Funeral homes feeling ‘overwhelmed’ from COVID-19 pandemic

Funeral homes feeling ‘overwhelmed’ from COVID-19 pandemic

EVANSVILLE, Ind. (WFIE) - As the pandemic continues, funeral homes are having to adapt quickly during the deadly COVID-19 public health emergency.

The COVID-19 pandemic is not the first mass casualty event that Don Simpson has responded to.

“The first response I made was in 1969 in Shelby County, it was a plane crash,” Simpson, the Alexander Funeral Director and a trainer with the Indiana Department of Homeland Security said. “I was at 9/11, spending time at medical examiner’s offices in New York City. During Katrina and Rita, we were on the gulf coast for about a month doing recoveries and identifications there.”

As the director of the Alexander Funeral Home, Simpson says the response to the pandemic has been much different.

“So it’s affected all of our lives,” Simpson said. “It’s made changes, how we do business, how we function and interact with people. So, it’s basically made major changes in how we as human beings conduct our daily lives and how we live our lives. So I think that’s the most unique part of this particular experience, it’s not just a particular area or areas that have been affected.”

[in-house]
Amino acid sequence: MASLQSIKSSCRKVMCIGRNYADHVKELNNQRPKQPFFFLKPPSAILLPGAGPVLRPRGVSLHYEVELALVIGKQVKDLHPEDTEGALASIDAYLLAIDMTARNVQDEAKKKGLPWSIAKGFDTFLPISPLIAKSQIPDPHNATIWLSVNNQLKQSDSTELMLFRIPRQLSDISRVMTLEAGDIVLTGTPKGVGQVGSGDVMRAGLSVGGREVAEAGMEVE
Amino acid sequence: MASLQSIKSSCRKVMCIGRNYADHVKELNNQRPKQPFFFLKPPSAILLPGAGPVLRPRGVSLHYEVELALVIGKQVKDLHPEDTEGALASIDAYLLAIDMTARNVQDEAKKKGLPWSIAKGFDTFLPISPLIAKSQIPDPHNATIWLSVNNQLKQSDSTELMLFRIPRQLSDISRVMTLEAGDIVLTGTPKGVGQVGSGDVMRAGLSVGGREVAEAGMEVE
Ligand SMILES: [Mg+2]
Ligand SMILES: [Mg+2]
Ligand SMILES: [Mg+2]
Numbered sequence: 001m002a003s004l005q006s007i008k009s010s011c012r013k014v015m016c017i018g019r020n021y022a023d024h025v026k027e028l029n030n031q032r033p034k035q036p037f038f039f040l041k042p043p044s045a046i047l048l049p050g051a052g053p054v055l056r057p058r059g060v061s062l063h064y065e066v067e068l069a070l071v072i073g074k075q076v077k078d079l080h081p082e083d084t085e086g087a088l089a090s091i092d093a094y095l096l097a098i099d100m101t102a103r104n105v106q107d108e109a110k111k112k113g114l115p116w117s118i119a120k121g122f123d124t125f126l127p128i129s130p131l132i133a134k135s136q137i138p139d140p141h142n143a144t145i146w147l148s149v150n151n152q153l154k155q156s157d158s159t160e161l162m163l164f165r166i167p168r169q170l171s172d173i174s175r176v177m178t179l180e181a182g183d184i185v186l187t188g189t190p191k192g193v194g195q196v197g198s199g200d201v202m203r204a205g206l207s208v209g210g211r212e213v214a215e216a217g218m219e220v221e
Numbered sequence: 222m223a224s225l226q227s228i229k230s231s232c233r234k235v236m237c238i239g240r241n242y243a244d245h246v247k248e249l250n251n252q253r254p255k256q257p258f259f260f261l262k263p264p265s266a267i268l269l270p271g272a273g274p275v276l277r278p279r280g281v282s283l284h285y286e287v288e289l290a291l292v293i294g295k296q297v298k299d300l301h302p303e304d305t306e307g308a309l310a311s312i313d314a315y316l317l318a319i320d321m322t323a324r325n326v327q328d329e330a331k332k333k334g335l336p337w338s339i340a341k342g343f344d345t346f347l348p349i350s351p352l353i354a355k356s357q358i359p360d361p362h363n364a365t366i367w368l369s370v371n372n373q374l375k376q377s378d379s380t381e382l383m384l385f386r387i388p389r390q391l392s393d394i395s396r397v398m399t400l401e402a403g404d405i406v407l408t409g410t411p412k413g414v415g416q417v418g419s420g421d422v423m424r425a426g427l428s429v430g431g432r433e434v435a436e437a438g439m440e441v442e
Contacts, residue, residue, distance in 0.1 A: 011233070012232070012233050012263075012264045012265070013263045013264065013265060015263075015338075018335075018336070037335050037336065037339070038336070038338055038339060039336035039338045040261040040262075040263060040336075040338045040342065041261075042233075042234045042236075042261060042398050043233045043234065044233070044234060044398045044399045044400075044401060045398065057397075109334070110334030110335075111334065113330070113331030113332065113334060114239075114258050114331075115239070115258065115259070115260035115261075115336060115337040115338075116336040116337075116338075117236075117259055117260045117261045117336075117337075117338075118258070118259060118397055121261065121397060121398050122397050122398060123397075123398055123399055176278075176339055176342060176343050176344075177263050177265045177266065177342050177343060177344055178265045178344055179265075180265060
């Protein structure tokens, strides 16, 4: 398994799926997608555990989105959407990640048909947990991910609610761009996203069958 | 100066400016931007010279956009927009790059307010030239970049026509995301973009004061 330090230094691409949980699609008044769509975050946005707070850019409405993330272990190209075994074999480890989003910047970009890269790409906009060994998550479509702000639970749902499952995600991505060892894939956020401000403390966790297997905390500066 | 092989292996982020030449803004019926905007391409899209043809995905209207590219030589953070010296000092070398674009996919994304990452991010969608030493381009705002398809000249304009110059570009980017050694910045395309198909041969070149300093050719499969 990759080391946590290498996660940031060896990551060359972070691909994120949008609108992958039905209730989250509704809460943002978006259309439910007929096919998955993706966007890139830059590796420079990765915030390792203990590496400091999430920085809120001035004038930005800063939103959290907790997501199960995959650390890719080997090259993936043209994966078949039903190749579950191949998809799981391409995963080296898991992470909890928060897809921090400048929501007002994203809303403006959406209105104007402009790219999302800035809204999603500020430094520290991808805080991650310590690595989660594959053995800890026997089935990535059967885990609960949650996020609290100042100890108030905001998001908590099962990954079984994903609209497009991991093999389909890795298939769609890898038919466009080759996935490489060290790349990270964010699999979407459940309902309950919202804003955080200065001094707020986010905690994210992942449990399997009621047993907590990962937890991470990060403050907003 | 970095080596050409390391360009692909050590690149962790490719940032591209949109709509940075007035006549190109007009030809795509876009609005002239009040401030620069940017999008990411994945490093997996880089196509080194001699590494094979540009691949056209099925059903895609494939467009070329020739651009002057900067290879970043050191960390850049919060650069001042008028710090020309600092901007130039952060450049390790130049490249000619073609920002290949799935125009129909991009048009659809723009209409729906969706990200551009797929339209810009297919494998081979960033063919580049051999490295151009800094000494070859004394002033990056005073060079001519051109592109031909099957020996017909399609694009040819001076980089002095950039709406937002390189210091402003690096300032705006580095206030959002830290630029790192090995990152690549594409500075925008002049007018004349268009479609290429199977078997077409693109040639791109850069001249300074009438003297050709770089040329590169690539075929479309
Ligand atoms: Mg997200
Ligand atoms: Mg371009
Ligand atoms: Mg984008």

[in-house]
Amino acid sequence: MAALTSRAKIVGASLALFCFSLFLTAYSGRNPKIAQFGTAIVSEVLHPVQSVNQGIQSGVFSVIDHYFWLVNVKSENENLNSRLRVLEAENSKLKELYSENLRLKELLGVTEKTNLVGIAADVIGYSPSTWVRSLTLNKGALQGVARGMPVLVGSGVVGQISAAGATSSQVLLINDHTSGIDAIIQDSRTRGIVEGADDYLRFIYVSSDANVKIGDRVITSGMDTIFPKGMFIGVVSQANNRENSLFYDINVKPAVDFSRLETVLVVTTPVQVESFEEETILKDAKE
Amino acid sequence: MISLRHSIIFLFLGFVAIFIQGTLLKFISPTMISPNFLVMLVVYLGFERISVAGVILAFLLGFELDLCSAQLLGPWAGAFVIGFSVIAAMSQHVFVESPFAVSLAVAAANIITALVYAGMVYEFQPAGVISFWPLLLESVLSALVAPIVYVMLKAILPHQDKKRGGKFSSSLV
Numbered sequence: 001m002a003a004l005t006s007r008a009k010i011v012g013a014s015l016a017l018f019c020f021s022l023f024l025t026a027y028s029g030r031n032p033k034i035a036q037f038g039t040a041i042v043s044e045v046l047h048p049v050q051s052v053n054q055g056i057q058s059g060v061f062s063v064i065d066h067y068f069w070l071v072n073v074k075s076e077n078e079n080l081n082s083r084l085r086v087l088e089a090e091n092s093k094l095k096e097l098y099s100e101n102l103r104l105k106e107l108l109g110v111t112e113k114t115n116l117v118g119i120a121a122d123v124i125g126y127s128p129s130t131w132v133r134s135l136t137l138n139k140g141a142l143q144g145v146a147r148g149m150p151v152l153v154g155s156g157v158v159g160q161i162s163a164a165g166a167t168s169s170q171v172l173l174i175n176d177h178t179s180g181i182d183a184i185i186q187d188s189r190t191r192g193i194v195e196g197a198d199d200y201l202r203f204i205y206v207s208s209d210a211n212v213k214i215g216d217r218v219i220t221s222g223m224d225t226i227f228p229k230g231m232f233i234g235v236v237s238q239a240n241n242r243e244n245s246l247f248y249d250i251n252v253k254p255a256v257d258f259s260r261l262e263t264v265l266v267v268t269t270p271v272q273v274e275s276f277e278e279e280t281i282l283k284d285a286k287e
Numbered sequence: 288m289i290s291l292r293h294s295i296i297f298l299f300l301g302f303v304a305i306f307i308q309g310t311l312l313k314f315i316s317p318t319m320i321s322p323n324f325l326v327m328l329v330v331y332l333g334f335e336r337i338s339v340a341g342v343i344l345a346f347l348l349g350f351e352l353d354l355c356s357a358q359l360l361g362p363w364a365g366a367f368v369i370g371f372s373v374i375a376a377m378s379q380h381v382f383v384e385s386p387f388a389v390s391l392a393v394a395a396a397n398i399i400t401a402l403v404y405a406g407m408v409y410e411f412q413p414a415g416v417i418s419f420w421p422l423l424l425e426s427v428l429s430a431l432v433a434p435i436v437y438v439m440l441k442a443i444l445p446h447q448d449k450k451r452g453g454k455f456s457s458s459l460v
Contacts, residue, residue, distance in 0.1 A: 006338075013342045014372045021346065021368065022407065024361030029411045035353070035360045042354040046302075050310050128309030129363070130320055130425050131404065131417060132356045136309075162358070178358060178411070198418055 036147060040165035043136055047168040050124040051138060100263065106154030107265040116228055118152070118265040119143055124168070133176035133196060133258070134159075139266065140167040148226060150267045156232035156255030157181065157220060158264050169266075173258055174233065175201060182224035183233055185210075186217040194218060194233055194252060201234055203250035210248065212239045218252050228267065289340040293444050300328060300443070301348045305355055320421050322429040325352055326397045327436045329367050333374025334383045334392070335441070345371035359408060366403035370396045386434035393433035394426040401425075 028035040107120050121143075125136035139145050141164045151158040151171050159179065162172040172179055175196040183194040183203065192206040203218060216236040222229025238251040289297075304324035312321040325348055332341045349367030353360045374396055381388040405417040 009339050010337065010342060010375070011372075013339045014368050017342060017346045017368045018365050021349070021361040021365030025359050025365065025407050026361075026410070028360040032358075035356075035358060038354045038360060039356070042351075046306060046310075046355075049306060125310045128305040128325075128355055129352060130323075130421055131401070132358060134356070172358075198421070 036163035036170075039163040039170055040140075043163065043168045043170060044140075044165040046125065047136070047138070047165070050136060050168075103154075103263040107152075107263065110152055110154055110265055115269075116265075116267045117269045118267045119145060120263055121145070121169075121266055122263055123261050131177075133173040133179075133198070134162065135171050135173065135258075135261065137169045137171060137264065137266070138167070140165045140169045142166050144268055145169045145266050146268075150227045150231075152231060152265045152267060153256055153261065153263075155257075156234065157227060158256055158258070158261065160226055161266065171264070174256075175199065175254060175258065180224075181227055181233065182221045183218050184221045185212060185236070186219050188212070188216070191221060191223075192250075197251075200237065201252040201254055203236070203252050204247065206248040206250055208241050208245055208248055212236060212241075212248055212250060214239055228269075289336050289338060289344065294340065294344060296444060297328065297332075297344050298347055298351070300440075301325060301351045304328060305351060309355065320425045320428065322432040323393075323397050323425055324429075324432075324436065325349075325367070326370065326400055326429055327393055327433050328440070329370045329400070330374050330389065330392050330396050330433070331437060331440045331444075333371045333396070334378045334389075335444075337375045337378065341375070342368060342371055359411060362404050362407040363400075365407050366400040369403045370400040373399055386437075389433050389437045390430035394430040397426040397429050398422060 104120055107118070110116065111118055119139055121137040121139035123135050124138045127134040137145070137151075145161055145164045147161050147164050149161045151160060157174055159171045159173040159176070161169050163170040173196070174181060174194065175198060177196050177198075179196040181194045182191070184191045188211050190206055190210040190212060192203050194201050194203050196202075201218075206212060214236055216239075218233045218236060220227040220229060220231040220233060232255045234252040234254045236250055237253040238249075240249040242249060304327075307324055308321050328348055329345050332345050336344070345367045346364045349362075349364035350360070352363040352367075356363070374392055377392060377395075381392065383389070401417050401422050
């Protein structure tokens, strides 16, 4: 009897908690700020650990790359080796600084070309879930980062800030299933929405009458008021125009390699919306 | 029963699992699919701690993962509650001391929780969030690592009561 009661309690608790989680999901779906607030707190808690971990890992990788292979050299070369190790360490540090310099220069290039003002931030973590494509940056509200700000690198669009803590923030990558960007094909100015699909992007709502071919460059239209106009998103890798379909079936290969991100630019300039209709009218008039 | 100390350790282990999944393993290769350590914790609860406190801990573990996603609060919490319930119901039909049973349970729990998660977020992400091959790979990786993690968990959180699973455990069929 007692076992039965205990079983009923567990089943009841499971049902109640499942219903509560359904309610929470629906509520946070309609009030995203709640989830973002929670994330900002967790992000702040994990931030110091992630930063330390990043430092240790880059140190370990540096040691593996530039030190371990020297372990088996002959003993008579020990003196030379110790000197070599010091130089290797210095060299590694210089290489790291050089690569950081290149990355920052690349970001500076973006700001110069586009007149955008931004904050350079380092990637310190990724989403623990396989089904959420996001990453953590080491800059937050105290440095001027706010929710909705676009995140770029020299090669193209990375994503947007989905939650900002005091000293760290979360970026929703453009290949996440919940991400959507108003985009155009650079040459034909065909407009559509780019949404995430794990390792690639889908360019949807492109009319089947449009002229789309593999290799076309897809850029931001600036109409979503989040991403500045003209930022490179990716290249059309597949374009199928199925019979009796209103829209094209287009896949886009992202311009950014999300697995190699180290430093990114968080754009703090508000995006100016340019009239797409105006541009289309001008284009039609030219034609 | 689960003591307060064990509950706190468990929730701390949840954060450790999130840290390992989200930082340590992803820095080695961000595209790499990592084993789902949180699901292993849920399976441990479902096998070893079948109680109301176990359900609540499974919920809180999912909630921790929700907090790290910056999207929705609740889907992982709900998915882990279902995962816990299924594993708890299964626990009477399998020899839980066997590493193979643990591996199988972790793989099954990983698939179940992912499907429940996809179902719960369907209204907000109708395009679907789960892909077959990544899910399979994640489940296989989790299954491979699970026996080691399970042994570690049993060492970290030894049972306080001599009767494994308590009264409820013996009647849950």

The pandemic has increased the number of bodies that hospitals have to manage, especially in counties like Vanderburgh and Warrick that have limited to no morgue space.

Simpson says it has overwhelmed funeral homes.

“Sometimes our staff takes on more hours, there are more things to do,” Simpson said. “I think in general for each and every one of us it just gets busier. So we operate with the procedures that are in the community, operate within the procedures within whatever facility we’re in.”

He also says equipment like mobile morgues can also take some of the pressure off of funeral homes.

“I think having a plan and or an availability like that available in your management skills, I think it’s a good thing,” Simpson said.

Simpson says staying on top of procedures, good communication between county officials and proper procedures have allowed them to adjust to the higher quantity of bodies needing stored.

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